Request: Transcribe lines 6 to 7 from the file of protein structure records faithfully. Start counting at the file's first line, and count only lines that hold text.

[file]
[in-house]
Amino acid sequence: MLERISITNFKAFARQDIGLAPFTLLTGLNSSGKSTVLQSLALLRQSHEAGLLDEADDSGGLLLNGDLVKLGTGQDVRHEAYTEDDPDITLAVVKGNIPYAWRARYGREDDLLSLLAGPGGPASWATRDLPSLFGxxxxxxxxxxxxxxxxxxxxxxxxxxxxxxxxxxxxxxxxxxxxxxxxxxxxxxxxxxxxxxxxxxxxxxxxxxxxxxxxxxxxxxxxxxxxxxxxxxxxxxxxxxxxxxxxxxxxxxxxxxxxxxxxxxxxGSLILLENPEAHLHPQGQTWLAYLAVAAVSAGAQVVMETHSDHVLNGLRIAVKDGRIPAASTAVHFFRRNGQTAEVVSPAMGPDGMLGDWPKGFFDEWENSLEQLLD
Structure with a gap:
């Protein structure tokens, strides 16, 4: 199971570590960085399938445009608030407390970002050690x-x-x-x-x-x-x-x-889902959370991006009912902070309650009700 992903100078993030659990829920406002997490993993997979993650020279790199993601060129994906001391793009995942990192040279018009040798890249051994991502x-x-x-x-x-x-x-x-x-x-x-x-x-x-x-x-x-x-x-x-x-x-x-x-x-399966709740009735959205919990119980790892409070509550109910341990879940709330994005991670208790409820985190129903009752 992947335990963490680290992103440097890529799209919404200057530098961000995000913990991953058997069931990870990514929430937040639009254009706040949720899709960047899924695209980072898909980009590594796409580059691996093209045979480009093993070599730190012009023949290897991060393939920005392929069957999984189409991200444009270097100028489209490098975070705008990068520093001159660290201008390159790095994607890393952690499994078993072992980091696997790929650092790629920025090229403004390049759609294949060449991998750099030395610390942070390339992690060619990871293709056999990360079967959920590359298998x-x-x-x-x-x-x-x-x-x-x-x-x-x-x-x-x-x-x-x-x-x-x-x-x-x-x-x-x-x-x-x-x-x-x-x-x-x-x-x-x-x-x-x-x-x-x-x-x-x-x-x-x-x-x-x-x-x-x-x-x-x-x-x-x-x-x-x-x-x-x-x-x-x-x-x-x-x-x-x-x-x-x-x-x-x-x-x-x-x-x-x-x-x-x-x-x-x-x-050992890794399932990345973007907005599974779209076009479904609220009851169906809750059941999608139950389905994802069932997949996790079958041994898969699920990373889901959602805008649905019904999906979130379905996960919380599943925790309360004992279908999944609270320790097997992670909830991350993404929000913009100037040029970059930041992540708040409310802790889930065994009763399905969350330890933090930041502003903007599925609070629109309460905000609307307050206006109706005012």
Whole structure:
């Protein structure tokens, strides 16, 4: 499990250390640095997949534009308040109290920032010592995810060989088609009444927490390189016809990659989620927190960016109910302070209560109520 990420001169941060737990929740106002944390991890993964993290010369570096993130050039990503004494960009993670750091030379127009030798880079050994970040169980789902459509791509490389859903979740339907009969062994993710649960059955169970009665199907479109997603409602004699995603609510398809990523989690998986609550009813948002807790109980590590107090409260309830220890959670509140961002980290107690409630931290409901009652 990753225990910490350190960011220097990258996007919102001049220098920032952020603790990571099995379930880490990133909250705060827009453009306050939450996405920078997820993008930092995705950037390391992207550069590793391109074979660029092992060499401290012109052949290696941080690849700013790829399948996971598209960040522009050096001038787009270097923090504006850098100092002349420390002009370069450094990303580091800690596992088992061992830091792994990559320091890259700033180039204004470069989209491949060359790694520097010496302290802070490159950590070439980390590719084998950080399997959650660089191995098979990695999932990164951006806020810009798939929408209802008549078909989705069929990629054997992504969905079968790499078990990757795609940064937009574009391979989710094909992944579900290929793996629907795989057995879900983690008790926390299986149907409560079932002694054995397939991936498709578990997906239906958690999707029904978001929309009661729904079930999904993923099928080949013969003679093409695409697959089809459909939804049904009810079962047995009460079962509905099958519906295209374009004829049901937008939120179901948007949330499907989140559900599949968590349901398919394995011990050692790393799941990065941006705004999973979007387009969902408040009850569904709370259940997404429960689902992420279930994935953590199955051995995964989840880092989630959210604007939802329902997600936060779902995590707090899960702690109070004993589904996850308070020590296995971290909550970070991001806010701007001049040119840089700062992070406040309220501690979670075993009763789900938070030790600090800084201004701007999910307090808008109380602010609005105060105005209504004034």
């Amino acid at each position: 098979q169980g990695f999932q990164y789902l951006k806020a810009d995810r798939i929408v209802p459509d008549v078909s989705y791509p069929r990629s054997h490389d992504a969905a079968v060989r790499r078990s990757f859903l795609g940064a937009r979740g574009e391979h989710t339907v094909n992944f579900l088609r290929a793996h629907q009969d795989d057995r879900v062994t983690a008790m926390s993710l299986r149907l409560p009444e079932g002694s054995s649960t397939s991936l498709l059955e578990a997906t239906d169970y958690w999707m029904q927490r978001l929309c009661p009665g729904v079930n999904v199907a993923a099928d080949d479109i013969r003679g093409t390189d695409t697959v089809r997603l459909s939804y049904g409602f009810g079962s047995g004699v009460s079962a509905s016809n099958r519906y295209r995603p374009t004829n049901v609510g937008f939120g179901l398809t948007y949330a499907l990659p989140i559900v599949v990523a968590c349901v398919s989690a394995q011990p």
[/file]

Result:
């Protein structure tokens, strides 16, 4: 499990250390640095997949534009308040109290920032010592995810060989088609009444927490390189016809990659989620927190960016109910302070209560109520 990420001169941060737990929740106002944390991890993964993290010369570096993130050039990503004494960009993670750091030379127009030798880079050994970040169980789902459509791509490389859903979740339907009969062994993710649960059955169970009665199907479109997603409602004699995603609510398809990523989690998986609550009813948002807790109980590590107090409260309830220890959670509140961002980290107690409630931290409901009652 990753225990910490350190960011220097990258996007919102001049220098920032952020603790990571099995379930880490990133909250705060827009453009306050939450996405920078997820993008930092995705950037390391992207550069590793391109074979660029092992060499401290012109052949290696941080690849700013790829399948996971598209960040522009050096001038787009270097923090504006850098100092002349420390002009370069450094990303580091800690596992088992061992830091792994990559320091890259700033180039204004470069989209491949060359790694520097010496302290802070490159950590070439980390590719084998950080399997959650660089191995098979990695999932990164951006806020810009798939929408209802008549078909989705069929990629054997992504969905079968790499078990990757795609940064937009574009391979989710094909992944579900290929793996629907795989057995879900983690008790926390299986149907409560079932002694054995397939991936498709578990997906239906958690999707029904978001929309009661729904079930999904993923099928080949013969003679093409695409697959089809459909939804049904009810079962047995009460079962509905099958519906295209374009004829049901937008939120179901948007949330499907989140559900599949968590349901398919394995011990050692790393799941990065941006705004999973979007387009969902408040009850569904709370259940997404429960689902992420279930994935953590199955051995995964989840880092989630959210604007939802329902997600936060779902995590707090899960702690109070004993589904996850308070020590296995971290909550970070991001806010701007001049040119840089700062992070406040309220501690979670075993009763789900938070030790600090800084201004701007999910307090808008109380602010609005105060105005209504004034």
């Amino acid at each position: 098979q169980g990695f999932q990164y789902l951006k806020a810009d995810r798939i929408v209802p459509d008549v078909s989705y791509p069929r990629s054997h490389d992504a969905a079968v060989r790499r078990s990757f859903l795609g940064a937009r979740g574009e391979h989710t339907v094909n992944f579900l088609r290929a793996h629907q009969d795989d057995r879900v062994t983690a008790m926390s993710l299986r149907l409560p009444e079932g002694s054995s649960t397939s991936l498709l059955e578990a997906t239906d169970y958690w999707m029904q927490r978001l929309c009661p009665g729904v079930n999904v199907a993923a099928d080949d479109i013969r003679g093409t390189d695409t697959v089809r997603l459909s939804y049904g409602f009810g079962s047995g004699v009460s079962a509905s016809n099958r519906y295209r995603p374009t004829n049901v609510g937008f939120g179901l398809t948007y949330a499907l990659p989140i559900v599949v990523a968590c349901v398919s989690a394995q011990p």